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If you knew you'd live to 100, how would you change your life today?

Becoming a Financially ‘Least Vulnerable Person’



When I wrote Stop Trying To Keep Up With The Joneses: They’re Broke Anyway, my primary goal was to dispel the common perception that wealth management and financial planning were the same things. It is during times such as we are experiencing now with the health crisis of COVID-19, that has impacted economies throughout the world. And it has now rippled into financial markets that understanding what it takes to be a financially least vulnerable person is so critical!

Most Americans understand wealth management – even if that isn’t exactly what they call it.  It is the mix of the various assets you have – real estate, retirement plans, and investment portfolios. For many, they rely on the individual who manages their retirement plan or portfolio. And they consider that their financial plan. Nothing could be further from the truth! Wealth management is an important part of the overall plan, but it is only ONE part. To be truly financially least vulnerable, you need a holistic, coordinated, comprehensive financial plan.

The book is presented in three parts. In Part One, I cover the Success Fundamentals – the basis to becoming financially least vulnerable.  I covered Part Two (The Six Big Risks) last month in the article:  The 6 Biggest Risks To Your Retirement Future, and How To Avoid ThemPart Three is The Anatomy of a Financial Plan.

Let’s Cover Just a Few of the Success Fundamentals here:

A Basis for Sound Decisions: Articulating Values

Your life and your goals are uniquely yours.  As important is the alignment of your values with those goals. Financial planning includes a fair number of calculations. What you want to achieve and why is always a higher priority than the math.

Creating a holistic, customized, comprehensive plan requires the coordination of multiple disciplines: investments, risk management, legal, and tax considerations to name a few.  And most importantly a head coach to weave a thread of continuity between all of the disciplines: attorneys, accountants, insurance specialists, wealth managers, etc.  This ensures that every decision you make is in complete alignment with your most important goals and your most deeply held values.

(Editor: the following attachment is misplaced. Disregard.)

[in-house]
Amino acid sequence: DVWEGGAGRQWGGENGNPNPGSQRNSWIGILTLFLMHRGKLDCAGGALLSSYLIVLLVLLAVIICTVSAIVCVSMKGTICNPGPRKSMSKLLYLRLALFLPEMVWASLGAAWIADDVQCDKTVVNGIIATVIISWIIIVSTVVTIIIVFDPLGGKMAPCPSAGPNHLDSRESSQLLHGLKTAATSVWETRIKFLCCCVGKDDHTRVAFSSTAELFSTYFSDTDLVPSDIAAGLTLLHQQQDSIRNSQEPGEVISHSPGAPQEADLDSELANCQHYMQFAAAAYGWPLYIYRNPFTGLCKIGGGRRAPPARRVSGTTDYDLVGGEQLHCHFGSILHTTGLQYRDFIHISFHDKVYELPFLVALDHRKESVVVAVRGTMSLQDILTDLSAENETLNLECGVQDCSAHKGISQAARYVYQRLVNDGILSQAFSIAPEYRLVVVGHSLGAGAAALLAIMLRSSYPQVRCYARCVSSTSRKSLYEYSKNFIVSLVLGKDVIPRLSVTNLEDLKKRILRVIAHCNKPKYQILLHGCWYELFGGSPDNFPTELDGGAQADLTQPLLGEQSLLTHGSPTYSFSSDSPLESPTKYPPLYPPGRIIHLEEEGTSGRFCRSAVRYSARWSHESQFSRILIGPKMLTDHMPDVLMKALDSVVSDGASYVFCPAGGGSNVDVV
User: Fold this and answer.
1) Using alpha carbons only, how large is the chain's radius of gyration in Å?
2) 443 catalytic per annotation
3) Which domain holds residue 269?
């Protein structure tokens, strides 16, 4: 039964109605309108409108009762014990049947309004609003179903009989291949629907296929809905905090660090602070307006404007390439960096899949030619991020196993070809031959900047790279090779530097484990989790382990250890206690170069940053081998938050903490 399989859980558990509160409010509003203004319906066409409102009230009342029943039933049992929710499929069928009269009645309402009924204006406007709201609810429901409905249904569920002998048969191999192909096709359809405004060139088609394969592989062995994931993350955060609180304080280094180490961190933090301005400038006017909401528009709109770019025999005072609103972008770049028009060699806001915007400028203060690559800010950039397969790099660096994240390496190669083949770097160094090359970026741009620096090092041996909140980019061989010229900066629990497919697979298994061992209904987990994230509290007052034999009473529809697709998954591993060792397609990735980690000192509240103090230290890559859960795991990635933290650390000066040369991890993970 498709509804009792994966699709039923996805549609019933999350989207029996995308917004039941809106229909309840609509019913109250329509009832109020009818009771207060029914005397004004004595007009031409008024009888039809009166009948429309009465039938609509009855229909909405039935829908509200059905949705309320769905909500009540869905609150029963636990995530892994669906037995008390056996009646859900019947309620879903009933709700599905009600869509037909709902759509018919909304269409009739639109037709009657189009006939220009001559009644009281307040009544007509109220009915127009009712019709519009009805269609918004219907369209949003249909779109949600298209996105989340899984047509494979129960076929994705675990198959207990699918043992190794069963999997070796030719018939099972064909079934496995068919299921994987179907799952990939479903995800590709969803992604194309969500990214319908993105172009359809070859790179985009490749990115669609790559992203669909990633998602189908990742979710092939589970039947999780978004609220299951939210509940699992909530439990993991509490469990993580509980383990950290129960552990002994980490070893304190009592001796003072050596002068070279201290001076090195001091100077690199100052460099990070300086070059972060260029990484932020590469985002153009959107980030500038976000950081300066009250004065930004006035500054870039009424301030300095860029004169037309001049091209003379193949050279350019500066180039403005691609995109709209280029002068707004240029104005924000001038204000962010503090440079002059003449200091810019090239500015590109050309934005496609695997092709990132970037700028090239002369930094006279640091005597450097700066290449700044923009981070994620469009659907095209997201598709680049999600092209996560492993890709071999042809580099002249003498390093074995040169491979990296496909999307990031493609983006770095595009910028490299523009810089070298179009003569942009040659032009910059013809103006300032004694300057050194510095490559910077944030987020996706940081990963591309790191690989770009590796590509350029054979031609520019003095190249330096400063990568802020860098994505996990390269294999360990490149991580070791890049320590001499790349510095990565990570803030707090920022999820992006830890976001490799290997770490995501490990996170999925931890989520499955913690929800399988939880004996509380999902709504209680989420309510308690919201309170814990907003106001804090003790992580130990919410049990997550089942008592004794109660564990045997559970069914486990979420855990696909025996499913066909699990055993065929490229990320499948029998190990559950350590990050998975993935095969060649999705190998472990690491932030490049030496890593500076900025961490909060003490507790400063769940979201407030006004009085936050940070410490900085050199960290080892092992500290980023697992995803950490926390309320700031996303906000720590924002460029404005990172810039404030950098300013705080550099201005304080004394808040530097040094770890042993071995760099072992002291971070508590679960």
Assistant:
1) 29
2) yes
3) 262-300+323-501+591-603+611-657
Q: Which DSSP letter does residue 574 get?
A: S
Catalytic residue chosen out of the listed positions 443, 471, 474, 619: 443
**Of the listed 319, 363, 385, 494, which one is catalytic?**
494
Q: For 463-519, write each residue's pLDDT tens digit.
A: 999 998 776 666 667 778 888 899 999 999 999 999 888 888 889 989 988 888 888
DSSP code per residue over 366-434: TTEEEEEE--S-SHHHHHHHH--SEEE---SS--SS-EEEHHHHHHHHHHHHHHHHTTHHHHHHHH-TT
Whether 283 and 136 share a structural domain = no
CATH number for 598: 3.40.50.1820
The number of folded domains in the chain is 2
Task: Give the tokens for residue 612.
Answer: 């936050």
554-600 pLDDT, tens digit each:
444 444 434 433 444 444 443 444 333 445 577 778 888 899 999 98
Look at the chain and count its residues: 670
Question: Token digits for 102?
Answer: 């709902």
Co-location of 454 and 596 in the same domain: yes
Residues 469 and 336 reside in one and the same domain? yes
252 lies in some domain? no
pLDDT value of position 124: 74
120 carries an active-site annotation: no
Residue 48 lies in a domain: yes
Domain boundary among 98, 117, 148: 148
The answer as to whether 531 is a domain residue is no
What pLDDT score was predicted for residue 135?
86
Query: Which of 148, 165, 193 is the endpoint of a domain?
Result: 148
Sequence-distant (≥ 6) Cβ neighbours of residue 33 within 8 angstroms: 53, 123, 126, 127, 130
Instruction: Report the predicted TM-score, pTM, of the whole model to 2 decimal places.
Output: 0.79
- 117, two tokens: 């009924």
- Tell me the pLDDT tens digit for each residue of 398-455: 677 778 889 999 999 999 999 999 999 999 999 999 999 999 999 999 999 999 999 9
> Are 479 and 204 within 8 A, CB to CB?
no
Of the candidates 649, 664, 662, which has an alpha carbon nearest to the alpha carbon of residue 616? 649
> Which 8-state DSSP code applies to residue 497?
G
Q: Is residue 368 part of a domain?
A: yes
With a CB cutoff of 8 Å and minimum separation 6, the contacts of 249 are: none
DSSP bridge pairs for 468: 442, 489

Reacting Can Hurt 

Fear is a natural human emotion. Especially when you lack clarity and the confidence from having a written well-designed financial plan that you are executing. It is crucial that the financial plan is stress-tested for Bear Markets (among other risks that your plan faces).

Having this confidence, in both your plan and your team, allows you to focus on the things that are more important in life. Such as your human capital and social capital, and not just a focus on your financial capital.

Missing just a few days can drastically impact overall performance. During the period of 1990 to 2017, the S&P 500 returned 9.81%.  Had you missed the best 15 single days, your return would have dropped to 8.21%. Had you missed the 25 best single days during that period, your return would have dropped to 4.53%. Those are huge differences, especially when you factor in the power of compounding.

Understanding Volatility 

Volatility (and a lack of understanding volatility) is one of the elements that lead to the fear we discussed above. Which then causes you to potentially react improperly. It is important to understand that volatility exists in two directions – the upside and the downside.  Additionally, you need to understand how to dampen volatility. No one ever complains about upside volatility.  You know, what we all experienced during the longest bull run in history (March 9, 2009, to March 11, 2020). Interest tables and many financial calculators are based on zero volatility.  Unfortunately, that is not the way economies or markets actually work – big corrections happen!

The Proper Emphasis

In their order of significance, the six elements of the success fundamentals:

Based on behavior (that you are in full control of):

  1. When and how early you start investing
  2. How often you invest
  3. The amount you invest
  4. Whether you stay invested or not
  5. How much you keep (avoiding tax erosion): taxable, tax-deferred, tax-free

Based on the industry and market conditions:

  1. Your rate of return (last on the list)

Stories of wealth are about behavior and choices, and a lot less about rate of return.

Focus on what you CAN control!

Since no one can reliably predict or forecast short-term movements in the financial markets, investors should focus on the things they CAN control.  These things include, but aren’t limited to…

  • Expenses
  • Taxes
  • Turnover
  • Asset allocation
  • Risk level
  • Savings rates
  • Withdrawal rates

While this can be intimidating, the good news is that you don’t have to do this alone!

Being a financially least vulnerable person simply requires some knowledge, commitment, and a team to help you navigate the ups and downs.




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